Nested Layouts with Less Divs

First to start out, this method relies heavily on the use of the CSS Calc as a unit value. This is fairly well supported on most modern browsers, but if you need to support old versions of IE (pre 9), this probably won’t work for you.

Ok now that we got that out of the way…

A currently very popular design style is what I call “nested layouts”. By this I mean the page is broken up into sections where the content is in the center, but some attribute such as a border or background color stretches the total width of the page.

The Example

A great example of this is one of my favorite sites GitHub :)

While the GitHub web site doesn’t actually use the code method I describe in this post, it is a good visual example of the design style:

So in our example we have three content sections:

Each of these have design attributes (background color/image) that stretch the whole width of the page, but the content is nested in the center of the page. To achieve this effect GitHub wraps each content section in an div that it is full width and contains the design attributes (background color/image.)

For our example lets focus on just the content section with the black iconed image background. We have a wrapping div with the styles for the background-image:

and then another div containing the content nested in the center using a fixed width with an auto margin, basicaly centering the content.

Why is this Bad?

Its not “bad”, it just adds a lot of extra unneccessary markup/divs which:

There is a better way! … IF you don’t have to worry about older browsers :)

Calc All the Things!

Calc is one of my favorite new things about CSS. If you haven’t played around with it, I highly recommend you do. Tt is immensely powerful and has enabled me to do so many amazing things without relying on absolute positioning and/or adding tons of extra markup.

The key is that calc allows the browser to use mixed units for units of measurements. For some good examples of calc is use, there is a great CSSTricks article that goes over some common design patters and how calc can be used to achieve them.

So how can calc help us from Divitis? Easily!

So lets start by simplifying our markup a little bit:

<header id="page-header" role="banner">
  <h1>Here Is Our Header!</h1>
</header><!-- /header#page-header -->

<div id="main" role="main">
  <p>Our Main "content" area.</p>
</div><!-- /div#main -->

<footer id="page-footer">
  A footer... cause, why not.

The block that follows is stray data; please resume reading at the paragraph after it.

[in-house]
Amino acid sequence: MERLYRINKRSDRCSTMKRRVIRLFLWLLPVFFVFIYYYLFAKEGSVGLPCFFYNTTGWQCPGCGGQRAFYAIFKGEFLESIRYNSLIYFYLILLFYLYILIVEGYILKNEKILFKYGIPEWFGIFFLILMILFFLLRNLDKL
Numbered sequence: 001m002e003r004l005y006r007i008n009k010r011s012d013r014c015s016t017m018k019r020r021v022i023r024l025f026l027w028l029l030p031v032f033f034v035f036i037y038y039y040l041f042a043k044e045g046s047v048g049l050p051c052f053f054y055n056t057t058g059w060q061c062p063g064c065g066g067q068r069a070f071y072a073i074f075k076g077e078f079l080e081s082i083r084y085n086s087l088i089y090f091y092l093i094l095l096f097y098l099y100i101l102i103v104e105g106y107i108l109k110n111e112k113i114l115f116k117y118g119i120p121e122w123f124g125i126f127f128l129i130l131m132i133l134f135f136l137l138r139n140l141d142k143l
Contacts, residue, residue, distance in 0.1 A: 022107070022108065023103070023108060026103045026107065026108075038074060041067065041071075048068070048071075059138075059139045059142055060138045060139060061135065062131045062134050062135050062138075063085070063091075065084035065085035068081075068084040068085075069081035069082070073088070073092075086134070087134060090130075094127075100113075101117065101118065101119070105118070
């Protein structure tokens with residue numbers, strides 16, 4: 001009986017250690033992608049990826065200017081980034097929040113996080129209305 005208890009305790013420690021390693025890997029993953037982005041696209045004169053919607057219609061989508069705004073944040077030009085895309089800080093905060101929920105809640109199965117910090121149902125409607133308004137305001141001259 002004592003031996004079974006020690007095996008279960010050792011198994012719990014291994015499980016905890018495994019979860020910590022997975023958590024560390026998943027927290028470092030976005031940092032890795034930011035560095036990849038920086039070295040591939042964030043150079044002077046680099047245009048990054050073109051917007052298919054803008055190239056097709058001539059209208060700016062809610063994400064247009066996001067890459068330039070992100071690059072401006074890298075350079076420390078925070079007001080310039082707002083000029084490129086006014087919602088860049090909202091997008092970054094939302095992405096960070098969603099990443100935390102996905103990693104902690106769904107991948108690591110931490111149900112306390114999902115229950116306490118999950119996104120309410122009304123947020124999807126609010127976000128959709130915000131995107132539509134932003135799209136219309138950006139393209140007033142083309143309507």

</footer><!-- /footer#page-footer -->

This is pretty clean and simple and we don’t really want to add any more markup just for the sake of our design. Using calc we can dynamically add padding to the left and right so that the content is centered, but the design styles will apply to the whole block.

Lets take our #main and style it with a black background with the content in a 1280px width nested in the center.

The Math

So the math here is we have the full page width (100%) and we need to take out a fixed pixel chunk for our content (1280px) and then the padding on either side is half of whatever is left … 50% of that for the right, 50% for the left:

Each margin: (100% - 1280px) / 2

We could do that with calc like this:

#main {
  background-color: black;
  padding-right: calc((100% - 1280px) / 2);
  padding-left: calc((100% - 1280px) / 2);
}

Now remember, calc is pretty new, so probably to be safe you might want to add the browser vendor prefixes (or use something like a preprocessor such as Sass with mixins to take care of it :

#main {
  background-color: black;
  padding-left: -moz-calc((100% - 1280px) / 2);
  padding-left: -webkit-calc((100% - 1280px) / 2);
  padding-left: calc((100% - 1280px) / 2);
  padding-right: -moz-calc((100% - 1280px) / 2);
  padding-right: -webkit-calc((100% - 1280px) / 2);
  padding-right: calc((100% - 1280px) / 2);
}

See It in Action

Using Codepen, I created a similar (yet even cleaner! Sass <3) version you can see in action:

See the Pen HKdCz by Lynn Wallenstein (@lynnwallenstein) on CodePen

Thats It!

Thats all it takes. Now I have a full width designed page, but centered content with beautiful semantic markup and no divitis!